Author: Sergey Punzhin
Keywords: conditions of revision; International Court; new fact; procedural law; revision; Rules of Court; Statute of the Court
The procedure for the revision of the Court’s decision consists of two parts: first, the Court must decide on the admissibility of the request for revision and, secondly, if the answer is in the affirmative, it proceeds to the merits of the request. The jurisdiction of the Court in revision cases is based directly on its Statute and exists in so far as the Court has previously rendered a judgment in regard to a dispute between States. Article 61 of the Statute sets out the conditions for the admissibility of an application for revision, which are cumulative, i.e. if any one of them is not met, the application must be dismissed. The main condition is the discovery of a new fact of such a nature as to be a decisive factor for the outcome of the case. The fact which can justify the revision of a judgment of the Court can correspond to an objective state of events, a situation or a circumstance, as reflected in certain documents. These documents do not constitute “facts” in and of themselves but, rather, they are evidence of the existence of a fact or are data carriers containing information about this fact. The condition to be met in order for the fact to be considered a decisive factor is whether the original judgment would have been materially different if the fact had been known at the time when that judgment was rendered. Such a fact must have existed at the time when the judgment was delivered but been discovered only subsequently. Ignorance of the fact should not be a consequence of negligence, which is determined by reference to whether a State has acted in accordance with the principle of due diligence. A request for revision must be made within six months of the discovery of the new fact and before the lapse of ten years from the date of the judgment the revision of which is being sought. A finding that the request for revision is admissible indicates that there are imperative reasons to change the decision rendered previously because, in light of the newly discovered fact, this decision can no longer be considered to have been validly reached.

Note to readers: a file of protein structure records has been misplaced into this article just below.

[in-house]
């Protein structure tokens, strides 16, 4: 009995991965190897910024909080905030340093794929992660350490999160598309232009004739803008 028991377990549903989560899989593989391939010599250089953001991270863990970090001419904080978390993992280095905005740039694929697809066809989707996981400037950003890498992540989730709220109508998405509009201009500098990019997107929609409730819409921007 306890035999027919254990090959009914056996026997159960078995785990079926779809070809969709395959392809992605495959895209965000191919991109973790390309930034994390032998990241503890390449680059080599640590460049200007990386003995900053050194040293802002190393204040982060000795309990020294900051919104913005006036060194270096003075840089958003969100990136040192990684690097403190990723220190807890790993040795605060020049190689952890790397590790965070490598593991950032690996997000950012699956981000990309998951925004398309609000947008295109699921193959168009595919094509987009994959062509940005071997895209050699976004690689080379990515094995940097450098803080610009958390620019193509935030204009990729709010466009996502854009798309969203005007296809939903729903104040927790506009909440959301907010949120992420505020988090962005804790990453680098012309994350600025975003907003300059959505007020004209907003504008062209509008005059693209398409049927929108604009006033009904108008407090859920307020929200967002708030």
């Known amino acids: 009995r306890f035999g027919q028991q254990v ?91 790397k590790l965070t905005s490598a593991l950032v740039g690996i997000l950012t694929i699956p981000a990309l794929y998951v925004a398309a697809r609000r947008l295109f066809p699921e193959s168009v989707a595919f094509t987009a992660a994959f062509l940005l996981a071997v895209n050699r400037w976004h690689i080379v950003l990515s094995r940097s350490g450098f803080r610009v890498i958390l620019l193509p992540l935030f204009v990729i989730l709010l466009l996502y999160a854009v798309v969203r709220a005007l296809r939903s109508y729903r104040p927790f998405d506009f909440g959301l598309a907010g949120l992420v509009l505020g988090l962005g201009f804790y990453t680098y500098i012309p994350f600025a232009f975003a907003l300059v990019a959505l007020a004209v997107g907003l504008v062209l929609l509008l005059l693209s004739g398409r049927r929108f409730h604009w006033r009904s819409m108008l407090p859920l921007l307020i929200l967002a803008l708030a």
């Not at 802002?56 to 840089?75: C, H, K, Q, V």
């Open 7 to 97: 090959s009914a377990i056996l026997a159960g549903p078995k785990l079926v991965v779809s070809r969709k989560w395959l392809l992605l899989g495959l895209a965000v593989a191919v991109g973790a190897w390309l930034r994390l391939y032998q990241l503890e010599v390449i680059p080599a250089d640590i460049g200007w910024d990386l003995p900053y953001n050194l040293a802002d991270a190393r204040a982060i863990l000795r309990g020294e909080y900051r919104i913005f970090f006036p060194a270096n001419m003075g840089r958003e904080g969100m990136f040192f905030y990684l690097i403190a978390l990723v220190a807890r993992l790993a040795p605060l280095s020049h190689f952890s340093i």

About the author: Sergey Punzhin – Ph.D. in Law; Principal Legal Secretary of the Court, Head of the Department of Legal Matters, International Court of Justice, The Hague, Netherlands.
Citation: Punzhin S. (2019) Protsessual'noe pravo Mezhdunarodnogo Suda OON: peresmotr resheniya [Procedural law of the International Court of Justice: revision]. Mezhdunarodnoe pravosudie, vol.9, no.2, pp.62–76. (In Russian).
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